Singaporean food and beverage conglomerate Fraser & Neave (F&N) has claimed that its Burmese partner is trying to oust it from a joint-venture agreement in Myanmar Brewery, according to various news sources.
F&N owns 55 percent of Myanmar Brewery, which corners a huge part of Burma’s domestic beer market with manufacturing plants for Tiger Beer, Myanmar Beer, ABC Stout and Anchor Beer. The remaining 45 percent is held by state-owned Union of Myanmar Economic Holdings Ltd (UMEHL), a conglomerate run by Burma’s Ministry of Defence.
The Singaporean firm said that UMEHL filed a claim on Thursday informing F&N that it plans to begin arbitration proceedings to claim F&N’s majority stake in the brewery, citing the Burmese company’s reading of the joint venture agreement, according to a report in Singapore’s Business Times.
The report said that F&N disputes the basis of the claim, adding that it has engaged lawyers and “intends to vigorously resist the claim”.
When contacted by DVB on Friday, UMEHL declined to comment on the matter.
Although the brewery represents only a small part of F&N’s business, losing its stake “would mean being shut out of one of Asia’s fastest growing beer markets,” said Reuters on Thursday, noting that in a May earnings briefing, F&N said its Burma beer business had recorded double-digit growth from a year earlier.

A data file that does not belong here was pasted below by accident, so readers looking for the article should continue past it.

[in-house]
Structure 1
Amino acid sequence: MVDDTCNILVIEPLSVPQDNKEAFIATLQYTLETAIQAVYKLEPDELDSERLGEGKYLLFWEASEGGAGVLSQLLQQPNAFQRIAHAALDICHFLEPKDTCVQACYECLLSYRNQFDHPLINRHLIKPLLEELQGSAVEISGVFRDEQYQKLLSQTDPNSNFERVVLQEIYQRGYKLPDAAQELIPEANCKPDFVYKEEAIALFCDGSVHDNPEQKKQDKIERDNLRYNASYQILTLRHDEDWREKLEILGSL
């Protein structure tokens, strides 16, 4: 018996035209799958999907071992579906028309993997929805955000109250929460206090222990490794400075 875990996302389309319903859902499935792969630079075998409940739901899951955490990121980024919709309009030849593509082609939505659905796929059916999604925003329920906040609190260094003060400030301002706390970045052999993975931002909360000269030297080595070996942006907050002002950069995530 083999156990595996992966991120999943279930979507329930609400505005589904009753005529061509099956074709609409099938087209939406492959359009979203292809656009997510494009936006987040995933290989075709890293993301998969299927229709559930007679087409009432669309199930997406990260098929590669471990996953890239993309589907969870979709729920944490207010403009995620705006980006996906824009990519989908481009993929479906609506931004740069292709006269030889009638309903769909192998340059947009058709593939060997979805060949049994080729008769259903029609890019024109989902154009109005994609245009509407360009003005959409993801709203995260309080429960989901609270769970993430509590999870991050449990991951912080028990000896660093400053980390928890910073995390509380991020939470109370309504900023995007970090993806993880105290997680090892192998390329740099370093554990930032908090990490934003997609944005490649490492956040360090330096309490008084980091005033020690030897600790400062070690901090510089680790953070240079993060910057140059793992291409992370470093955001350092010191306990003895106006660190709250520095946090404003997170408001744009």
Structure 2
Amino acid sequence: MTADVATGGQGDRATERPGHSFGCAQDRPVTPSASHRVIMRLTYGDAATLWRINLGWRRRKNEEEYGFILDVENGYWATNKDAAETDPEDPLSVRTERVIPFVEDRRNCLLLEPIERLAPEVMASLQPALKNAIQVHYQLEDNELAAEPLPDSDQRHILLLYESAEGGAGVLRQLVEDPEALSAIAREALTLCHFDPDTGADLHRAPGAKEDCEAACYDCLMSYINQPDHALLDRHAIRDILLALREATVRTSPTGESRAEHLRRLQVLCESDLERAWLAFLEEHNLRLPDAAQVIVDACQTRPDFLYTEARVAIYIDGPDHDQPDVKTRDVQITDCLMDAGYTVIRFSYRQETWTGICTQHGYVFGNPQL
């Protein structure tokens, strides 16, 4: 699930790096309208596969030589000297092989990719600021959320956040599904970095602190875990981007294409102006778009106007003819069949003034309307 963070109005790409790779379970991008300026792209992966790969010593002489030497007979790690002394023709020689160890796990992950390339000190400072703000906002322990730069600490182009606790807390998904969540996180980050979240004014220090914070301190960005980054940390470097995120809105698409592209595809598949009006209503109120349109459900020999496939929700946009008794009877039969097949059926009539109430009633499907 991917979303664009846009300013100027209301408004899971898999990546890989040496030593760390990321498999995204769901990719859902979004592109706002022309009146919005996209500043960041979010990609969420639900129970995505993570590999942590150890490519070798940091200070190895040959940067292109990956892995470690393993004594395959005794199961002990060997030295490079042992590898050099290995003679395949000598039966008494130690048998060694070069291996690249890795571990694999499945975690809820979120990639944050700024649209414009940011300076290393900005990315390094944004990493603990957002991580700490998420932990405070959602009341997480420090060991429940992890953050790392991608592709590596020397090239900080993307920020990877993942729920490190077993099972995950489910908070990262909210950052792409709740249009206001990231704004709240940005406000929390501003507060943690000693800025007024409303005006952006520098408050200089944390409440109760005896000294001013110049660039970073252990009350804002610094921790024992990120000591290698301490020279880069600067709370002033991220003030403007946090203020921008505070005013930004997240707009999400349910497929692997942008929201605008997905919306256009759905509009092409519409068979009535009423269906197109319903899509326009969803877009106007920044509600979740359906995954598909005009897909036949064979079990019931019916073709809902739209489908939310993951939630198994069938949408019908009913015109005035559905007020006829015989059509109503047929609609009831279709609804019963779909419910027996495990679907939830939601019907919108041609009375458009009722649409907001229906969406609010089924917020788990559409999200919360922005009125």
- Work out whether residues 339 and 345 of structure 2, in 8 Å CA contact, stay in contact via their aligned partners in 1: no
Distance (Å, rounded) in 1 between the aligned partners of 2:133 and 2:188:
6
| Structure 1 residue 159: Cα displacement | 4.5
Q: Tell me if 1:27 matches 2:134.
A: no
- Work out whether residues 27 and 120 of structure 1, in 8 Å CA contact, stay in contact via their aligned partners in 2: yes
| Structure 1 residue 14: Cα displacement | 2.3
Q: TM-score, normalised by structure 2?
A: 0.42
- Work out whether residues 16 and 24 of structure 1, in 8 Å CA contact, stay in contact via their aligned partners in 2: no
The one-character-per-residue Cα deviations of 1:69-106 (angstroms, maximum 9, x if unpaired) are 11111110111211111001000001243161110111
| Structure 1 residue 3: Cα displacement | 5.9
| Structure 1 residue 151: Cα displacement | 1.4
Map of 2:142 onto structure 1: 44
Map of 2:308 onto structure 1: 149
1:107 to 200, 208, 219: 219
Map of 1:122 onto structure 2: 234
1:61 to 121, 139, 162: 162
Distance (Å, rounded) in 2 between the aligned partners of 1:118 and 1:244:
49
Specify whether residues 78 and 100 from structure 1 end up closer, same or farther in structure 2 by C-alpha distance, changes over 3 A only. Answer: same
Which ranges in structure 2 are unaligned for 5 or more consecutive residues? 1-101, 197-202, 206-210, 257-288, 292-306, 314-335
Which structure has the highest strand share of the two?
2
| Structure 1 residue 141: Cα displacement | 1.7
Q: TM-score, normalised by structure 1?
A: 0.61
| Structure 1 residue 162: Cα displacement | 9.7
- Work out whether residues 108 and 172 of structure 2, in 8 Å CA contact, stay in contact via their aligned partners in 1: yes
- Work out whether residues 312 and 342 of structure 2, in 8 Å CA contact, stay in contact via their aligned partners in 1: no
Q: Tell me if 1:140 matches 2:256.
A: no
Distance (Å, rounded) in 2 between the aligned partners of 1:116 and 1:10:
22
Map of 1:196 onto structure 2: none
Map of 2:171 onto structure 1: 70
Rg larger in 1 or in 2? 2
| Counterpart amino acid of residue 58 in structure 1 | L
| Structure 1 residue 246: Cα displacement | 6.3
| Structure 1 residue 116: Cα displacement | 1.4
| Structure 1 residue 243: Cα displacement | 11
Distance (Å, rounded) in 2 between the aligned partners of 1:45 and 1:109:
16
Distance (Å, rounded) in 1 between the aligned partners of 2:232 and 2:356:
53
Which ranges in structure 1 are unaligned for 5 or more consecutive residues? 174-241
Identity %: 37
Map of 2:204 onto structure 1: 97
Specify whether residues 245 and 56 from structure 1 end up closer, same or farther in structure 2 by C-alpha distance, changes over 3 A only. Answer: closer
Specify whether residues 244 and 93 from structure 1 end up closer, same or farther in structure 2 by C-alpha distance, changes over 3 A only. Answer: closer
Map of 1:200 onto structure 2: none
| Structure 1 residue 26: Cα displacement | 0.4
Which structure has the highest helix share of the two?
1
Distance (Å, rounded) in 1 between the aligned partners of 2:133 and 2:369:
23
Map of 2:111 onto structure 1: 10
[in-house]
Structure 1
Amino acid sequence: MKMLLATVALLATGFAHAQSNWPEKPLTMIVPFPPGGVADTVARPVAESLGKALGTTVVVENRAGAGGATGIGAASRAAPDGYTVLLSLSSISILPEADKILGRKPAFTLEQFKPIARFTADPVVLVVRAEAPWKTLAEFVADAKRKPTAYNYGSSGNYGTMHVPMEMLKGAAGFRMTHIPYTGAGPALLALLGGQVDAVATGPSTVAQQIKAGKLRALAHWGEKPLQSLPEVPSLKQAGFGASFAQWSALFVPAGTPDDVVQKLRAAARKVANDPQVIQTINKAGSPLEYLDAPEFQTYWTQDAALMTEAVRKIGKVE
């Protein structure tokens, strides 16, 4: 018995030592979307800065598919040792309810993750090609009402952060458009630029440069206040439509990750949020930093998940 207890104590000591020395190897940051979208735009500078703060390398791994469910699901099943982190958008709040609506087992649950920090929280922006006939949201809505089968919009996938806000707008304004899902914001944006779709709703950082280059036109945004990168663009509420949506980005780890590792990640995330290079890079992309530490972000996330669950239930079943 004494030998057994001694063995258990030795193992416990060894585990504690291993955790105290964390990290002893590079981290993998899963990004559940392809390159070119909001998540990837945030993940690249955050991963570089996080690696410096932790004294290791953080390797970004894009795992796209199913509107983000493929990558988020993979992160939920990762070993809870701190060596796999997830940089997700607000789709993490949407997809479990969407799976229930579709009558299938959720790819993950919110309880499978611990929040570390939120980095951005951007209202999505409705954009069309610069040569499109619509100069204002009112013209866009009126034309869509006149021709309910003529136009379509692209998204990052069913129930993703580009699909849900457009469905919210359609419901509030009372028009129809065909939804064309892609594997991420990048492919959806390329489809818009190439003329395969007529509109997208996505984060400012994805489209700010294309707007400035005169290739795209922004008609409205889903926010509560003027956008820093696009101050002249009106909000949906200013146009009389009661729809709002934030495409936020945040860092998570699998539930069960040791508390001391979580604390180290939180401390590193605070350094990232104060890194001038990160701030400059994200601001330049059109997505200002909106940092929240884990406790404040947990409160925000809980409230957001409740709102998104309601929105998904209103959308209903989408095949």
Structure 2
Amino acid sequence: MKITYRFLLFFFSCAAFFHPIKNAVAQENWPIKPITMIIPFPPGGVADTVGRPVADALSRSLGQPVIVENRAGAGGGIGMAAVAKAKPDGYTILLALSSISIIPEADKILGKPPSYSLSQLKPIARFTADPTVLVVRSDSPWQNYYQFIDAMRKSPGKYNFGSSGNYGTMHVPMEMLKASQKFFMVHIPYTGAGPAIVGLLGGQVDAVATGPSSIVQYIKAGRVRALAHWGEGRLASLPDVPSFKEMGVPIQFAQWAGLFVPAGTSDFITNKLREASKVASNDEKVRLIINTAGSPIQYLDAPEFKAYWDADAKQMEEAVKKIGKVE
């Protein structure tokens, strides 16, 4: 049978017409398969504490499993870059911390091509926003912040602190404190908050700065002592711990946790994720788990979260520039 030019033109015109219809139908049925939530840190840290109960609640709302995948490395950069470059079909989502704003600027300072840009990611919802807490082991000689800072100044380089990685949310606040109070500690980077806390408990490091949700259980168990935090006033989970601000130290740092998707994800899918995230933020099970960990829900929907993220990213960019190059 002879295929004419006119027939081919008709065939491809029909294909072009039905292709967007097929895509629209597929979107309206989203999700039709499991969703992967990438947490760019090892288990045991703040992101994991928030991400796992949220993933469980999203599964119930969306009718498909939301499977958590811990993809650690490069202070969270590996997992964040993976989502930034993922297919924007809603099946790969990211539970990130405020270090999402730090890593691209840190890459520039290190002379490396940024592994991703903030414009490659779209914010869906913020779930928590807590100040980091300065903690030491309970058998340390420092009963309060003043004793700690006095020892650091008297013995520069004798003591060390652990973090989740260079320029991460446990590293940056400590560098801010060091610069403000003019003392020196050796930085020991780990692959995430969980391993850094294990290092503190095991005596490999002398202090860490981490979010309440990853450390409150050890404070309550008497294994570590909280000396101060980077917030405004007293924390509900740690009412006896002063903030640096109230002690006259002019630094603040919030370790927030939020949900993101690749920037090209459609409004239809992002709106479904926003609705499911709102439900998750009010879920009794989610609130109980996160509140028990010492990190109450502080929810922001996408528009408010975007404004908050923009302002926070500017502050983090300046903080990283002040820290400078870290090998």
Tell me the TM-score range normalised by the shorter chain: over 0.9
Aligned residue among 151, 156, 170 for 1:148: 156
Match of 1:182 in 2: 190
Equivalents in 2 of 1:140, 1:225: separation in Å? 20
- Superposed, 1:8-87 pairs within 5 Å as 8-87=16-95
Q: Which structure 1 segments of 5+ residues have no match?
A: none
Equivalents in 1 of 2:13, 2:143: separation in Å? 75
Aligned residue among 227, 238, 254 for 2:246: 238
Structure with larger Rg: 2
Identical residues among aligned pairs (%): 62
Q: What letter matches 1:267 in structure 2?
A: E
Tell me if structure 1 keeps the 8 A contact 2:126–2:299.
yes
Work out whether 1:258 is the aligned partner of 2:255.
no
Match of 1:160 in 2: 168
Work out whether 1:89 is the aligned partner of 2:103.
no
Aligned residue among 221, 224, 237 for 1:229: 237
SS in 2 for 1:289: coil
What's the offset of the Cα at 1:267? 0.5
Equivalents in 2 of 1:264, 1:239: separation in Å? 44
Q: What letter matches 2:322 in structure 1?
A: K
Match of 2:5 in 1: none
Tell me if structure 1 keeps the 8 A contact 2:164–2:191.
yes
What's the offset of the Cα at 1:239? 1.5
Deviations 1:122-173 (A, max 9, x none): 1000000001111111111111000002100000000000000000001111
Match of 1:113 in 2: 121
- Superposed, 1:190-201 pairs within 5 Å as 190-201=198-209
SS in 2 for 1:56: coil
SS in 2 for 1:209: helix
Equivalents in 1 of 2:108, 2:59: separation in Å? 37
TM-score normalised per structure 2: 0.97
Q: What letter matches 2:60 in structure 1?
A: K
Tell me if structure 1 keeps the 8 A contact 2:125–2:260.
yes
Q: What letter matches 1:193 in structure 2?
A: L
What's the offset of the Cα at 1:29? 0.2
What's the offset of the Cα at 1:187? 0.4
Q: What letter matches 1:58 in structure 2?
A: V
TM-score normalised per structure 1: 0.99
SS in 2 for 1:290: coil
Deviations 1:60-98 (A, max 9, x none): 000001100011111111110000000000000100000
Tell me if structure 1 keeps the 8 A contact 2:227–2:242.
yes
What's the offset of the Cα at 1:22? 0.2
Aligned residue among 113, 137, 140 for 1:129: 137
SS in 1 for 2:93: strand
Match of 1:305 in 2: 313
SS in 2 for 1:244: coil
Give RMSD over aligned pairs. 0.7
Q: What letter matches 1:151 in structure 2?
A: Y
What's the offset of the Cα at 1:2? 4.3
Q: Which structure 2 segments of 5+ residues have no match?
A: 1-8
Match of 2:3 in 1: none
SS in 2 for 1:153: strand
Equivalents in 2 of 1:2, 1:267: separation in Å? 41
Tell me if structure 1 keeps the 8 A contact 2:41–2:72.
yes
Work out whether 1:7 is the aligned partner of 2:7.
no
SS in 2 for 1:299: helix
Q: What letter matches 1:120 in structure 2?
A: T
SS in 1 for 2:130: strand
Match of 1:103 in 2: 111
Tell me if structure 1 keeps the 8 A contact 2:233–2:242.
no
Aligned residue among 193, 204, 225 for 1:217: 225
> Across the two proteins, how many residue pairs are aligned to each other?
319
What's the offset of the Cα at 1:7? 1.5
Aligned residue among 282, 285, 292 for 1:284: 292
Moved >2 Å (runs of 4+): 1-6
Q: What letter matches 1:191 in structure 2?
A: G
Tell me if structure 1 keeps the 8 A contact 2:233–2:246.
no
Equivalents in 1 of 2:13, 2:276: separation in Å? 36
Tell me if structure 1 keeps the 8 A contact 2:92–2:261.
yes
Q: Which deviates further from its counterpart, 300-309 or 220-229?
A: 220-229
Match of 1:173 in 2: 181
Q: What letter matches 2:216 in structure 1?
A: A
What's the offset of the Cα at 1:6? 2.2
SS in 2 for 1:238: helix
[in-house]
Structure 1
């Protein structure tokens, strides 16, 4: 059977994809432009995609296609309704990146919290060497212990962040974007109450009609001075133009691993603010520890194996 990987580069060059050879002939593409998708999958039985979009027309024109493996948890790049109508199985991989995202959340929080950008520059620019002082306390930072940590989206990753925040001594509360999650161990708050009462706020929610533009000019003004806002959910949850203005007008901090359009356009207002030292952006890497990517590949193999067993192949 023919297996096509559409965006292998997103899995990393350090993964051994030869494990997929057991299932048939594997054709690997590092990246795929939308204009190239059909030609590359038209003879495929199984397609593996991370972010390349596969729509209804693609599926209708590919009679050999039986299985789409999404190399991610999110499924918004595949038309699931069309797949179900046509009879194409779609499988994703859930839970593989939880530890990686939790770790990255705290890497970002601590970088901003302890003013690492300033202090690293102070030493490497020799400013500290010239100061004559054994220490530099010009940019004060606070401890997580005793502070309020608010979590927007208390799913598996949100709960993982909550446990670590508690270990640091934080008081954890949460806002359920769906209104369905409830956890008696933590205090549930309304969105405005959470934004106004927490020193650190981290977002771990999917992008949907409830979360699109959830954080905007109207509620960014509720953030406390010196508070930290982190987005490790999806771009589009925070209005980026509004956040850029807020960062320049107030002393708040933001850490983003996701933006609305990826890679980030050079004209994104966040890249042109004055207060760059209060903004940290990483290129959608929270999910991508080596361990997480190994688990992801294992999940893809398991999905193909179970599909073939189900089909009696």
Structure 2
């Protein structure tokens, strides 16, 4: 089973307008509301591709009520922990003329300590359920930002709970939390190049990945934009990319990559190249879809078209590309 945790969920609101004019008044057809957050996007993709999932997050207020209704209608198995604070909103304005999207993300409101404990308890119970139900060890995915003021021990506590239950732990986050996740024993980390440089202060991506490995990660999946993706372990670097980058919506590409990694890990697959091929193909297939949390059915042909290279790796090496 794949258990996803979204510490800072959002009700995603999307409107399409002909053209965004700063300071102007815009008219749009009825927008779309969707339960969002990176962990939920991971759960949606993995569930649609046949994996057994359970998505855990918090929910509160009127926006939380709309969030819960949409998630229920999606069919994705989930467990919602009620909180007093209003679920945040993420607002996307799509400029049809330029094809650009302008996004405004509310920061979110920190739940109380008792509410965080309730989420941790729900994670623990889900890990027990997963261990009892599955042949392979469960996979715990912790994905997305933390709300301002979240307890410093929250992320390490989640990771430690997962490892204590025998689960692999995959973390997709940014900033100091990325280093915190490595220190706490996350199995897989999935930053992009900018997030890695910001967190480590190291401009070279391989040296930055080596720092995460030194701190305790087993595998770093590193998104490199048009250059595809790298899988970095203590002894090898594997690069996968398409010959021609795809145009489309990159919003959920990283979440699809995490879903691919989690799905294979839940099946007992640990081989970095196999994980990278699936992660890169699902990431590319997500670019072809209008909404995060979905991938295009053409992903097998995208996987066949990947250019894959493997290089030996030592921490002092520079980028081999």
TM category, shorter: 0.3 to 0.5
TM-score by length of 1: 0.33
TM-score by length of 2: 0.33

While F&N is controlled by Thai billionaire Charoen Sirivadhanabhakdi, UMEHL is one of two main conglomerates owned and run by the Burmese military via the Ministry of Defence. UMEHL is no stranger to controversy, being one of the majority partners in the Latpadaung copper mine in Sagaing which it operates on a joint venture basis with China’s Wanbao Company.
According to the Wall Street Journal on Thursday, “The [Myanmar Brewery] spat highlights the risk of doing business with Myanmar’s state-owned enterprises and could damp confidence of investors seeking opportunities in a country still emerging from decades of secrecy and isolation under military rule”.